Cyber attackers are on the prowl targeting the maritime industry which is heavily dependent on technology.
The latest attack is on ShipManager, a maritime software belonging to the Norwegian company DNV software that is used globally by over 7,000 ships, which are manned by thousands of Indian crew members. The irony is that DNV itself offers cyber solutions.
This is the second cyber attack on the sector this year. In January, the Port of Lisbon was under cyberattack with criminals threatening to release confidential port financial information unless their ransom demands are paid.
In August, the Singapore-based Sembcorp Marine Ltd said that it discovered a cybersecurity incident where an unauthorized party accessed part of its IT network via third-party software products.
DNV confirmed that its ShipManager software was the victim of a cyber-attack on the evening of Saturday January 7. DNV experts have shut down ShipManager’s IT servers in response to the incident. All users can still use the onboard and offline functionalities of the ShipManager software.
At this point in time, there are no indications that any other software or data by DNV is affected. “We apologise for the disruption and inconvenience this incident may have caused,” the company said in a statement.
More than 7,000 vessels owned by 300 customers use ShipManager and navigator solutions for technical and operational performance.
ShipManager’s vast usage
The ShipManager software solution includes a planned maintenance system, shipping procurement, ship safety management systems, crew management system, hull integrity management, dry-docking, and ship repair and shipping data analytics (business intelligence), says information on the company website.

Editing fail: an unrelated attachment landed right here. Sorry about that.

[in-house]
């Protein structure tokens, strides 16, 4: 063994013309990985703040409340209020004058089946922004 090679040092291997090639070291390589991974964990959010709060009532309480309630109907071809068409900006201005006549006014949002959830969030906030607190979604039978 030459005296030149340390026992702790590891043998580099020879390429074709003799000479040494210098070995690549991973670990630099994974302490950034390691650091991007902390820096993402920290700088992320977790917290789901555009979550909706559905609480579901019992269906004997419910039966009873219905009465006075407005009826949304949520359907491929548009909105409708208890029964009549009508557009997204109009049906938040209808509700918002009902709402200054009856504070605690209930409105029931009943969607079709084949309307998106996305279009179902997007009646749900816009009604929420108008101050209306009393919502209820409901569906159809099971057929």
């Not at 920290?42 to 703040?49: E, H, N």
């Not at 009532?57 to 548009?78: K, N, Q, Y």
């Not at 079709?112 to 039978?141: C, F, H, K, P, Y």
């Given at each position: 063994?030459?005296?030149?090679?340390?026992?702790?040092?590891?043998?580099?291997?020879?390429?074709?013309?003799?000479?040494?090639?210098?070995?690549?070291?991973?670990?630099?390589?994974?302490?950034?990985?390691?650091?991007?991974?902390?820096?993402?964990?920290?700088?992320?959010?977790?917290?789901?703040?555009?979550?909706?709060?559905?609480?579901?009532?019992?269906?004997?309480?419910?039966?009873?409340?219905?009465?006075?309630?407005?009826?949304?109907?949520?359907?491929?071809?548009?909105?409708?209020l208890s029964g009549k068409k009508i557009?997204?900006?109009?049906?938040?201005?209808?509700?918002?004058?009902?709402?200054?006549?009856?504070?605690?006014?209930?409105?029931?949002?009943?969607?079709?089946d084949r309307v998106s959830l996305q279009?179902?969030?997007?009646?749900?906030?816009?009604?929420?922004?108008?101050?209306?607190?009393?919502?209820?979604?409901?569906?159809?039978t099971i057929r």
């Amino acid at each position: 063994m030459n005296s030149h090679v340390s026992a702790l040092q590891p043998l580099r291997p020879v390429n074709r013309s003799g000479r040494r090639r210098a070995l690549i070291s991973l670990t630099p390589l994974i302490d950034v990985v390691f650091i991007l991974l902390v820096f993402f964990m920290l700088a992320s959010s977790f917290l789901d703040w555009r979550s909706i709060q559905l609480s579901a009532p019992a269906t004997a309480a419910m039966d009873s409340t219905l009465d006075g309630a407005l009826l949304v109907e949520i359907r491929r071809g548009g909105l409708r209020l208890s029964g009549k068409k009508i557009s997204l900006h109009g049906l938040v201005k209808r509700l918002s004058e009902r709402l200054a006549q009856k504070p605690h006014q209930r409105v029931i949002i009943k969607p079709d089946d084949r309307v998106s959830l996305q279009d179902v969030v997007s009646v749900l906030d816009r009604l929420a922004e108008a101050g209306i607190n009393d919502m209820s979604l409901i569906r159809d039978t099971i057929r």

“Tragic with yet another successful cyber attack in the maritime sector. Perhaps slightly ironic that DNV also offers a range of cyber security solutions,” said Lars Jensen, an expert in the container shipping industry based in Denmark.
“While DNV is not forthcoming with the damage caused by this cyber attack, I feel that the solution/module that will be affected would be shipping data analytics that controls business strategies and secrets,” said Pankaj Kapoor, a maritime lawyer.
He added, “The attack would certainly affect ship-shore interaction and endanger confidential information. It would not affect the operation of ships using this software and are on our shores. Since there is no report of any cyber attack on the ships operating systems like GPS, I feel the ships will not pose any danger to navigation.”
Queensland University’s study
Queensland University of Technology’s Maritime Security Law Expert and Associate Professor Saiful Karim in a study published in Marine Policy journal in September 2022 said that maritime cybersecurity threats are sharply growing.
His studied found that the safety and security of ports, ships, and offshore installations are increasingly threatened due to cyberattacks from numerous sources. With the increasing digitalization of the maritime sector during the global pandemic, the number of cyberattacks on the maritime industry exponentially intensified recently.